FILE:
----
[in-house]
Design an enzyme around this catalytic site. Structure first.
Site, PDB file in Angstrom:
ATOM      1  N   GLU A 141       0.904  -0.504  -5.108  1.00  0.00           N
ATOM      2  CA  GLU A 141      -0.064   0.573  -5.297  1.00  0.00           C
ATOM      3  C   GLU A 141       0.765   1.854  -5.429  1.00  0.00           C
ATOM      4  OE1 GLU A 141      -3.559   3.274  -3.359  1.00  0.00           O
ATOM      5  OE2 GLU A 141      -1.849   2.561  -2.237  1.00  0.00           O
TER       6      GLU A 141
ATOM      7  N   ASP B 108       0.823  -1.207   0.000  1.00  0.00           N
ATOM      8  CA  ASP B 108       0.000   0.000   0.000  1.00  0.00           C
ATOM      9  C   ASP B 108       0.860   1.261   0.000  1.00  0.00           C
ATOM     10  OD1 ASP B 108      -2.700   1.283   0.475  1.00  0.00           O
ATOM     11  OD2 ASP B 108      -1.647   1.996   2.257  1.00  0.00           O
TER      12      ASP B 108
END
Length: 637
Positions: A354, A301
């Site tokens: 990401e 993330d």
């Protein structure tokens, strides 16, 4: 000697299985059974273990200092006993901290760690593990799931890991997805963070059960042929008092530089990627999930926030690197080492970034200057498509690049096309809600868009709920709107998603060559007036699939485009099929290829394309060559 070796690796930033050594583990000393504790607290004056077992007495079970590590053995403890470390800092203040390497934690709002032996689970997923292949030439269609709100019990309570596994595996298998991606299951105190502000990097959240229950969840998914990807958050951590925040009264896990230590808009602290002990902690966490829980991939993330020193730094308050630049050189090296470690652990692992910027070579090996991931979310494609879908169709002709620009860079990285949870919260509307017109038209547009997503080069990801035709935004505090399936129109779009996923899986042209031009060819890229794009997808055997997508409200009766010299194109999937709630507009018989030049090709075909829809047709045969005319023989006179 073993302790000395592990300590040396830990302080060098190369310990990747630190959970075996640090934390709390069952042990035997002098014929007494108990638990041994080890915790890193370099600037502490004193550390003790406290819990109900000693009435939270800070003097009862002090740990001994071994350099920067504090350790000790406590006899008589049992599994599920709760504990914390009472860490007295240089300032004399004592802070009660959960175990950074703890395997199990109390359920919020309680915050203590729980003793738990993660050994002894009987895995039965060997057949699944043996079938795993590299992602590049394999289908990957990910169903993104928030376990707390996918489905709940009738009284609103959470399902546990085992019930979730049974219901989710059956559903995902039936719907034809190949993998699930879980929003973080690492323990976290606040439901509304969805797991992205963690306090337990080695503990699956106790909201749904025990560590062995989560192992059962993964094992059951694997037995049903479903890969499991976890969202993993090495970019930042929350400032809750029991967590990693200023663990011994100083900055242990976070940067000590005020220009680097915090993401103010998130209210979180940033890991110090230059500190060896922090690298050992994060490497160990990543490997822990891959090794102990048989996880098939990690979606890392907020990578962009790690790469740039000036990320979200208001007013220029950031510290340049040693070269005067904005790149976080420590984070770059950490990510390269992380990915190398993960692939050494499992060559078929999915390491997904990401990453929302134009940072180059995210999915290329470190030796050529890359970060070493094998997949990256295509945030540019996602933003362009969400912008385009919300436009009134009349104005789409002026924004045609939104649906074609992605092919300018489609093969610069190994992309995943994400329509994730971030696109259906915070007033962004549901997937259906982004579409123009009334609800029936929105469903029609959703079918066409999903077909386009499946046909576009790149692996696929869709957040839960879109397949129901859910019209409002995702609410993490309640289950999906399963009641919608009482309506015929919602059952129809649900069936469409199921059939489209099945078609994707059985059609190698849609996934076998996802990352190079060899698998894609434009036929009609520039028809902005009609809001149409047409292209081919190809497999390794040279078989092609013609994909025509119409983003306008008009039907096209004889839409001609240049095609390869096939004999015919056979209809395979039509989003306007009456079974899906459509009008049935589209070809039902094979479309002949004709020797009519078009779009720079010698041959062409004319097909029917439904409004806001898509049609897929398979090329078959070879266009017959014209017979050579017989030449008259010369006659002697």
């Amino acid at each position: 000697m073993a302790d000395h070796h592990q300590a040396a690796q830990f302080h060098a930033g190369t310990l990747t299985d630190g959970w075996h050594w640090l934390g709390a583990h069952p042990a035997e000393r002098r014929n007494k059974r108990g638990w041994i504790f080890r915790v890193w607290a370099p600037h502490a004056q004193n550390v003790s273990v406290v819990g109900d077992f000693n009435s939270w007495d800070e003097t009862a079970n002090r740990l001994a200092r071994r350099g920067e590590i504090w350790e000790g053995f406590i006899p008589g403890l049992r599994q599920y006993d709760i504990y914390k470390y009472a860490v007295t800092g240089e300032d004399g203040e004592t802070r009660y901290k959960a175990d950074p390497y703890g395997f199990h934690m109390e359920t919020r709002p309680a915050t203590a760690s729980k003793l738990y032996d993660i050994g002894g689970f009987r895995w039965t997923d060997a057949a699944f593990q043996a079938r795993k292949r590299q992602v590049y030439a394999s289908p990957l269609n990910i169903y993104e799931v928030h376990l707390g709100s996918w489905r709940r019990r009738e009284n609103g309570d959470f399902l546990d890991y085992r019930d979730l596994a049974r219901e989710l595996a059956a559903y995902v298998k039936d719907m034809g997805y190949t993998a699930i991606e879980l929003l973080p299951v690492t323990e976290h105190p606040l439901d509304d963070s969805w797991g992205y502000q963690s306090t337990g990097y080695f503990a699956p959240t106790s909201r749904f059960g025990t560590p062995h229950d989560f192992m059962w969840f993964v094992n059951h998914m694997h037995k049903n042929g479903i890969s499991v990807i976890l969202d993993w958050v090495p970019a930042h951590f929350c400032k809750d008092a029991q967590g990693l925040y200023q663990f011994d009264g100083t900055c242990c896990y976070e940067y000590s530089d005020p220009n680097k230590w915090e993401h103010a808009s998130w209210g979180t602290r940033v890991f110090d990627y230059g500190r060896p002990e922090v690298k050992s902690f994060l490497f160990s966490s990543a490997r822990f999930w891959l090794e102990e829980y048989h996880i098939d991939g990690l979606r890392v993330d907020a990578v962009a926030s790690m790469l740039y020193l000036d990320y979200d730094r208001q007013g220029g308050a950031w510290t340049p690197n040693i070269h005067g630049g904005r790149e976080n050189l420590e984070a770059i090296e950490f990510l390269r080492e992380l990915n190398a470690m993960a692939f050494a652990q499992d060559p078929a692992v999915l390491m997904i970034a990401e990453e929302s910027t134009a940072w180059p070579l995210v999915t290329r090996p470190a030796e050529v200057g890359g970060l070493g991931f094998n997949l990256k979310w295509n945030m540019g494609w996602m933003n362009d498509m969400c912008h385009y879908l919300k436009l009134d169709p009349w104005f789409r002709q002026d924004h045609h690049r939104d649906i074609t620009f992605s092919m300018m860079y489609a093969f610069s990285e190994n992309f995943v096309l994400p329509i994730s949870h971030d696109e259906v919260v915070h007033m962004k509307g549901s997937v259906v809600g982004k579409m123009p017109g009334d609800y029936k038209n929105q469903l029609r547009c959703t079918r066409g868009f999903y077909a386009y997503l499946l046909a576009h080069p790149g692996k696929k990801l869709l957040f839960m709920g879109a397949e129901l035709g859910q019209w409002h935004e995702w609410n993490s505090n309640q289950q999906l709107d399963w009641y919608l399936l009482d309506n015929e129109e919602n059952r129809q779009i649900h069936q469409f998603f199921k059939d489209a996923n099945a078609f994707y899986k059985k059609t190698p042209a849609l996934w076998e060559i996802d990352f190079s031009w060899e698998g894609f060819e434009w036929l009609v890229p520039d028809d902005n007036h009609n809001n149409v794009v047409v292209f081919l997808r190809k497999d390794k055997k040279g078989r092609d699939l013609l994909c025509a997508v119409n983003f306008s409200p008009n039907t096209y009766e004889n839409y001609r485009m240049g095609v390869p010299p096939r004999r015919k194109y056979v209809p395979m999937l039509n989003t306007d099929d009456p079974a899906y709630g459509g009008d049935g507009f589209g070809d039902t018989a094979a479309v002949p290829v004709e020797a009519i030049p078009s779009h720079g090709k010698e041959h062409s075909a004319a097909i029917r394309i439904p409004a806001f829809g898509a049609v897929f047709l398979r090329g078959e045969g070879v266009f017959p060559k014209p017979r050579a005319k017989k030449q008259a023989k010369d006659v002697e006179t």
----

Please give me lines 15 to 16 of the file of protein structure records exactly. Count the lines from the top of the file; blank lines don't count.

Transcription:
TER      12      ASP B 108
END